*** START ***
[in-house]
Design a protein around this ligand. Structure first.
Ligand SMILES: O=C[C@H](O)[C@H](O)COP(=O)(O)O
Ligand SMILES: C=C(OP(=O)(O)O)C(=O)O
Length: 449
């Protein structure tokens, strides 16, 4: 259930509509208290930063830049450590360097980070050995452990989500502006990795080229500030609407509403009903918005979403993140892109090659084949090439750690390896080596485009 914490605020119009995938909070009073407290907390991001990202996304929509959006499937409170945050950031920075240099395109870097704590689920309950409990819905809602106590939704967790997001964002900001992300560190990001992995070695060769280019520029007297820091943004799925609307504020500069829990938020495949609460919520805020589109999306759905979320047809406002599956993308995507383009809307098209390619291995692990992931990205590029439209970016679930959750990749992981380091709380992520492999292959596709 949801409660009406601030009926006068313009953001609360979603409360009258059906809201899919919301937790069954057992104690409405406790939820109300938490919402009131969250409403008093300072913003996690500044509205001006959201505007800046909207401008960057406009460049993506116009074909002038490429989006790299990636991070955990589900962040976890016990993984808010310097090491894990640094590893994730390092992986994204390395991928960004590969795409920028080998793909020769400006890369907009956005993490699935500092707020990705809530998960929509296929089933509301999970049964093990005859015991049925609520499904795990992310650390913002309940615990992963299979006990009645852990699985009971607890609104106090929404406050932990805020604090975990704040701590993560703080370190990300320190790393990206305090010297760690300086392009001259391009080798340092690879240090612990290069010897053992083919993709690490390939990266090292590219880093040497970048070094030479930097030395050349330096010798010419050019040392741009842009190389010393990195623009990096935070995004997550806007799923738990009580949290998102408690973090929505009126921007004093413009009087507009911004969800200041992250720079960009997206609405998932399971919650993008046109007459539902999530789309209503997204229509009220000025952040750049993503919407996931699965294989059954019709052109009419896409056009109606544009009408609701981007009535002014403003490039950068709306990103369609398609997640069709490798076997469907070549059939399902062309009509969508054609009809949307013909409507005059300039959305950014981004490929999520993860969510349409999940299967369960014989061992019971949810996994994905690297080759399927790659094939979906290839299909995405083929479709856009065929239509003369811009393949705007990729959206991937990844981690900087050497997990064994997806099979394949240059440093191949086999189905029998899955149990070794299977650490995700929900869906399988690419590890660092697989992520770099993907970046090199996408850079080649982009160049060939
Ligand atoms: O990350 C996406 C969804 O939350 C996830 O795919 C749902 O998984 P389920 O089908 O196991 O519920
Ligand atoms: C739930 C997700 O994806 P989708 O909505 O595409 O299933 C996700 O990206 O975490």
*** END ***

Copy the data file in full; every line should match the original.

[in-house]
Design a protein around this ligand. Structure first.
Ligand SMILES: O=C[C@H](O)[C@H](O)COP(=O)(O)O
Ligand SMILES: C=C(OP(=O)(O)O)C(=O)O
Length: 449
């Protein structure tokens, strides 16, 4: 259930509509208290930063830049450590360097980070050995452990989500502006990795080229500030609407509403009903918005979403993140892109090659084949090439750690390896080596485009 914490605020119009995938909070009073407290907390991001990202996304929509959006499937409170945050950031920075240099395109870097704590689920309950409990819905809602106590939704967790997001964002900001992300560190990001992995070695060769280019520029007297820091943004799925609307504020500069829990938020495949609460919520805020589109999306759905979320047809406002599956993308995507383009809307098209390619291995692990992931990205590029439209970016679930959750990749992981380091709380992520492999292959596709 949801409660009406601030009926006068313009953001609360979603409360009258059906809201899919919301937790069954057992104690409405406790939820109300938490919402009131969250409403008093300072913003996690500044509205001006959201505007800046909207401008960057406009460049993506116009074909002038490429989006790299990636991070955990589900962040976890016990993984808010310097090491894990640094590893994730390092992986994204390395991928960004590969795409920028080998793909020769400006890369907009956005993490699935500092707020990705809530998960929509296929089933509301999970049964093990005859015991049925609520499904795990992310650390913002309940615990992963299979006990009645852990699985009971607890609104106090929404406050932990805020604090975990704040701590993560703080370190990300320190790393990206305090010297760690300086392009001259391009080798340092690879240090612990290069010897053992083919993709690490390939990266090292590219880093040497970048070094030479930097030395050349330096010798010419050019040392741009842009190389010393990195623009990096935070995004997550806007799923738990009580949290998102408690973090929505009126921007004093413009009087507009911004969800200041992250720079960009997206609405998932399971919650993008046109007459539902999530789309209503997204229509009220000025952040750049993503919407996931699965294989059954019709052109009419896409056009109606544009009408609701981007009535002014403003490039950068709306990103369609398609997640069709490798076997469907070549059939399902062309009509969508054609009809949307013909409507005059300039959305950014981004490929999520993860969510349409999940299967369960014989061992019971949810996994994905690297080759399927790659094939979906290839299909995405083929479709856009065929239509003369811009393949705007990729959206991937990844981690900087050497997990064994997806099979394949240059440093191949086999189905029998899955149990070794299977650490995700929900869906399988690419590890660092697989992520770099993907970046090199996408850079080649982009160049060939
Ligand atoms: O990350 C996406 C969804 O939350 C996830 O795919 C749902 O998984 P389920 O089908 O196991 O519920
Ligand atoms: C739930 C997700 O994806 P989708 O909505 O595409 O299933 C996700 O990206 O975490």